Easy Come, Not So Easy Go. . .

Part 2: a close reading and my reaction to Prof. Willie James Jennings’ commentary on the Acts of the Apostles:

We are going, heaven knows where we are going  (Woyaya – UUA Hymnal)

Acts 1:1-12

Because I most often read Acts as someone who knows the end of their story, it feels to me as if it’s all certain and sure.  Prof. Jennings calls me back to a time and place where the endings are totally unknown.  He reminds us that in the world of Acts, the apostles know only where they have come from and what happened back then.  But they do not know where they are going, and they’re not yet clear as to what “there” will be.  

In the last years of Andover Newton’s life in Newton, Mass, the song Woyaya was popular in chapel services.  Listen to it here <https://www.youtube.com/watch?v=CWzQKjSn4Cc&gt;, and you’ll hear why… for the song speaks of an “Acts” time, when all that is sure is yesterday, and tomorrow is completely unrevealed.  In those days, all we knew for sure was that change was coming; all we had to hold on to was a past of blessed memory.

And here’s a big problem:  everything that is tied to yesterday is tied to death and decay.  I don’t think that means that everything from yesterday is bad; it simply means that it was part and parcel of a time that is gone and that when we focus on that, we lose sight of this present day. When we hold on too tightly to yesterday, we find tomorrow is more and more frightening. Jennings reminds us of God’s constant presence in the in-between times.

My father’s family lives on a farm in northeastern Connecticut; we’ve owned the land, parent to child, since the late seventeenth century (though not always with the same last name, as the farm has had a habit of passing from father to daughter).  In my father’s mind, the farm was always sort of like the first photo – in my mind, it’s more like the second…. In reality, it’s a constantly evolving place.  Barns go up, barns come down.  Porches are added, then removed; the cows are a constant, but they’re not always the same breed.  The farmer who sticks to the first picture farm is a farmer who’s about to go out of business.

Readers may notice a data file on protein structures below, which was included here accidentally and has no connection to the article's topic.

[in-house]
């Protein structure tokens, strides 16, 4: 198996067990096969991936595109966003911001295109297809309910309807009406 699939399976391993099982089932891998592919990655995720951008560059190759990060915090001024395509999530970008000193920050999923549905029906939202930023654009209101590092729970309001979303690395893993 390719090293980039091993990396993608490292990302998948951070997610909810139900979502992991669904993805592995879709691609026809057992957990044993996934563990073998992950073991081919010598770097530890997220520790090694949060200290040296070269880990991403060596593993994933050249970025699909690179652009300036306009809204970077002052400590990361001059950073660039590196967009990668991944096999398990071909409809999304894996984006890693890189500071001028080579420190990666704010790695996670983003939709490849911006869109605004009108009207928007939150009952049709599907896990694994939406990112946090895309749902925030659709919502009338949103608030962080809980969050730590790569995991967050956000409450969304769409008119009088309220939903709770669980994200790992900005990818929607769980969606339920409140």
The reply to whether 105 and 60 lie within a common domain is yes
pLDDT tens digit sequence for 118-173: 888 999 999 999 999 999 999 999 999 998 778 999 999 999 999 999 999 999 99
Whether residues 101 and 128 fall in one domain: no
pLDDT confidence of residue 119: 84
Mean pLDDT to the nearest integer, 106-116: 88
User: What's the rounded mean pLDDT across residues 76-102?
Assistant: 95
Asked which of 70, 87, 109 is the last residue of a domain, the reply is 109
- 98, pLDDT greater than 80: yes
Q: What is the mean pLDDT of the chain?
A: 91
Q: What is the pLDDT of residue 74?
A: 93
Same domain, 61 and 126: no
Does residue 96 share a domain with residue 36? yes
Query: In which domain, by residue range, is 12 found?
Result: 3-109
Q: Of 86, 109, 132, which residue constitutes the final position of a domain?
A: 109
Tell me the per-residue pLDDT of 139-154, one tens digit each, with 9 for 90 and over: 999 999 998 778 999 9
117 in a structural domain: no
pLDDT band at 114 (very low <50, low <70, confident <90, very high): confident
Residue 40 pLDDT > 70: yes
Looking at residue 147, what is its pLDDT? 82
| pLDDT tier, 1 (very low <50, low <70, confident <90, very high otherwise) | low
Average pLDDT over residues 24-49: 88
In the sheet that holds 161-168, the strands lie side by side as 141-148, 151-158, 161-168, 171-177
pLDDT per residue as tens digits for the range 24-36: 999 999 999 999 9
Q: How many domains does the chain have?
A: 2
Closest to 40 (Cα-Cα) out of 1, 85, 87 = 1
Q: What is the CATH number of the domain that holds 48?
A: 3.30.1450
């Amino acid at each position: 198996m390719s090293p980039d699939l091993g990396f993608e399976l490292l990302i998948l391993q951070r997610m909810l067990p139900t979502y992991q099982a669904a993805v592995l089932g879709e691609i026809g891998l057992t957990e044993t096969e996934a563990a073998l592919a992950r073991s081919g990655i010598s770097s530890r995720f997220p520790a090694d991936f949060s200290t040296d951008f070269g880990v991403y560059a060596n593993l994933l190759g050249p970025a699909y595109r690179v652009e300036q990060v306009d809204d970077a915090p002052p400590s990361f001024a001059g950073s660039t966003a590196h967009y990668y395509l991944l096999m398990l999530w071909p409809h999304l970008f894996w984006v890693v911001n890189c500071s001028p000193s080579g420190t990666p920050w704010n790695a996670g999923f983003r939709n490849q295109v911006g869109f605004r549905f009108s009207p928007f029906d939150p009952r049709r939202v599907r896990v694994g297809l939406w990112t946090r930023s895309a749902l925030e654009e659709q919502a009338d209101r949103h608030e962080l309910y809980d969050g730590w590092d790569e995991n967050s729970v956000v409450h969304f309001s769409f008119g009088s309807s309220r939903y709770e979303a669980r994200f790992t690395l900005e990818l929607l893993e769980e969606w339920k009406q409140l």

So, to get back to Professor James’ book, are we still listening for yesterday’s word, or are we open to today?

Acts is a testimony to the way that Jesus – and Jesus’ Resurrection – changed the world.  So we do look back, we do pay attention to the past, but we do not stay there.  Jennings suggests that the reality of Resurrection is that Jesus is right here, right now; we are not left with dim historical stories, but are companioned by a living reality.

Jesus’ presence with us calls us into our present and asks us to face forward into the future.  In following Christ, we are not trying to reanimate the past but to see and really understand what living here and now asks of us.

The story of the Ascension reminds us, again, that it’s a waste of time and effort to look for Jesus in the past, to stare hopefully up to heaven as if it’s his job, and his job only, to live in that way which makes for community, builds peace, creates love.

In ascending, Jennings says, Jesus pulls us up after him, raising us up into heaven – if we can only see it.  

As I read this I wonder, just how much of my beloved past will I have to leave behind to follow Jesus into this new future?  It’s easy to write that all I have to put aside are those things which prevent me from seeing the future, but which are those things?  I can put aside racist attitudes (or at least I can aim to do that) and I recognize that those are bad things, but do I have to put aside the kind of music I’ve always loved, the music which brings me close to God?  I can leave behind my cultural attitudes about tattoos, but what about my love of peace, my desire for intellectual stimulation in worship?  

Is this only about those major, public issues such as racism, or is it also about the teeny household idols we hold in our hearts?

Everything I read in Jennings’ commentary tells me that replacing Jesus Christ with “me” – my likes, my family, my town, my country,….. my race is wrong, wrong, wrong.  All my life tells me that it all becomes enormously hard when you’re faced with giving up something that you really really love; all my faith tells me that sometimes that’s required.  And all my experience tells me that knowing when to hold on and when to let go is never going to be easy.

Author: tobelieveistocare

I am an interim pastor in the United Church of Christ, having served as a settled pastor for over thirty years. I play classical mandolin and share my home with a Cavalier King Charles Spaniel

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